Capgemini’s Shaa Ravi calls for tech women to be more visible

Capgemini’s Shaa Ravi calls for tech women to be more visible

 April 23, 2020

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The thought of public speaking can bring some people out into a cold sweat. Capgemini's Shaa Ravi once shunned public presentations yet she now embraces opportunities to proudly share her achievements as a woman in technology.

Shaa is a Senior Consultant in Future Technology at Capgemini UK and transforms digital delivery for clients in the financial services sector. Shaa commenced her early public speaking efforts by visiting schools as a STEM ambassador and advocating for more women in tech, using social media to support her voice. Before long, Shaa began to put herself forward as an industry speaker and to seek out speaking opportunities where she could contribute to the narrative regarding the need for more women in the sector.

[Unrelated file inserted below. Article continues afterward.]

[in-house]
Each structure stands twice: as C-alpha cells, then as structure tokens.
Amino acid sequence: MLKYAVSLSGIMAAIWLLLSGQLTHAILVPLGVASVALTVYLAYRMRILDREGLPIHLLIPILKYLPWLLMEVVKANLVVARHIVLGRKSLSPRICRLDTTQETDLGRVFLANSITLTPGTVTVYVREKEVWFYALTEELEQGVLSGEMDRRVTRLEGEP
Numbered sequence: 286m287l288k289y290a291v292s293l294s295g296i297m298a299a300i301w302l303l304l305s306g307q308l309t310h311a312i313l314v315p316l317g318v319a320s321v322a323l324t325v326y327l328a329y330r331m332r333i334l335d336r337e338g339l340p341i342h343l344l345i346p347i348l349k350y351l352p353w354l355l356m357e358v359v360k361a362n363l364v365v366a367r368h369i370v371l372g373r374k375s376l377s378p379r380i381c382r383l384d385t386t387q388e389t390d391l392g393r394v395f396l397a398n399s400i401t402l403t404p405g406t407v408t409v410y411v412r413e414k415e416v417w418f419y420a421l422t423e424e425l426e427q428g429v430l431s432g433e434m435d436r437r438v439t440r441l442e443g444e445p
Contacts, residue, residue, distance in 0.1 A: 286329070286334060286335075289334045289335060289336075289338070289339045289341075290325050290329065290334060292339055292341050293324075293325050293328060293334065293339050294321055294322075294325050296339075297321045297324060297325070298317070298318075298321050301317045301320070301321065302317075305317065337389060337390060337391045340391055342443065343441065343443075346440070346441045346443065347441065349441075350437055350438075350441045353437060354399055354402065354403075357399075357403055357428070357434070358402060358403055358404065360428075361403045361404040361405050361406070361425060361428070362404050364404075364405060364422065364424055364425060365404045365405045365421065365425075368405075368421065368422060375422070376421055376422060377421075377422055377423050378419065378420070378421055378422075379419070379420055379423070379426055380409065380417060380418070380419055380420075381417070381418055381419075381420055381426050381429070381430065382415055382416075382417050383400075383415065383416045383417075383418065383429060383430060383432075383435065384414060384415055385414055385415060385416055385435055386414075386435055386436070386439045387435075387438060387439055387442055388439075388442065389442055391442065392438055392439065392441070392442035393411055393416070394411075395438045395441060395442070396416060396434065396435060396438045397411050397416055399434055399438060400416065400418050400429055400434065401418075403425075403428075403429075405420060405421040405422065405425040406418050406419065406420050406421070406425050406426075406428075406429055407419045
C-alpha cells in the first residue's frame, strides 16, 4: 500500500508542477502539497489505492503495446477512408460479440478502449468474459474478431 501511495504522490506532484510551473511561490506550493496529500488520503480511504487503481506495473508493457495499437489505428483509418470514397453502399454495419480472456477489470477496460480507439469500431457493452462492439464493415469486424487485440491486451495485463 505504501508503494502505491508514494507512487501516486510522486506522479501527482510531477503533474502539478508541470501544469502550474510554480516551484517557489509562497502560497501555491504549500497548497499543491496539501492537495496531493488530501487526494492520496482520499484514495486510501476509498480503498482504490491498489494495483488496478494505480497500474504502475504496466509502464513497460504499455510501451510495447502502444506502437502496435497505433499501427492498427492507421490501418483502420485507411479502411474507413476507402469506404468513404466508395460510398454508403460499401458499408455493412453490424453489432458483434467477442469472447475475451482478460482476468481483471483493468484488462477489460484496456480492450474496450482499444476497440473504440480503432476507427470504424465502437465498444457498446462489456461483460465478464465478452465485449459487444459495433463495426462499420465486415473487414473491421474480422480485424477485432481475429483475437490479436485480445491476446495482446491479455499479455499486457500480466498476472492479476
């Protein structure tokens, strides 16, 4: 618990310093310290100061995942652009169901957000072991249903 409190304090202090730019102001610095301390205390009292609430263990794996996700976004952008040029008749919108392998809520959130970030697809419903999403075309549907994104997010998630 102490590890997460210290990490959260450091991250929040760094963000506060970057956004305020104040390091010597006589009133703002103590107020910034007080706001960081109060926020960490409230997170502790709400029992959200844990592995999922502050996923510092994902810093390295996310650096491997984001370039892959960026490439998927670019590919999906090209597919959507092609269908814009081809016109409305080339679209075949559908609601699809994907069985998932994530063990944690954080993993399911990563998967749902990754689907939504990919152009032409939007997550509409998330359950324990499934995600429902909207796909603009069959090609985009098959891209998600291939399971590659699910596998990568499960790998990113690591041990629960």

Where Women Work shares Shaa’s journey into public speaking and her top tips for further women seeking to establish themselves as public speakers in the technology industry.

Taking the plunge into public speaking

Shaa Capgemini Women in Tech speaking

IMAGE: Shaa speaking at a Women in Tech event.

When Shaa stood on stage for the first time talking about ‘Rebranding Women in Tech’ and her own career progression, she was extremely nervous.

“I was worried because I didn’t know whether I could actually speak clearly to people,” Shaa recalls. ‘I’m conscious of my South Indian accent and, although my accent is authentic and part of me, I was worried people wouldn’t understand me.”

To overcome her nerves, Shaa wrote out her 15 minute speech in full - including all the punctuation - and practiced reading it aloud clearly at home.

“After rehearsing, I felt super ready. However, when I went up to the stage at the event I discovered they had a Mac when I’d been working on Windows. My Powerpoint presentation looked so different and my slides were ugly! I’m not a Mac user so I had to simplify the presentation and make it black and white so it was legible,” Shaa laughs.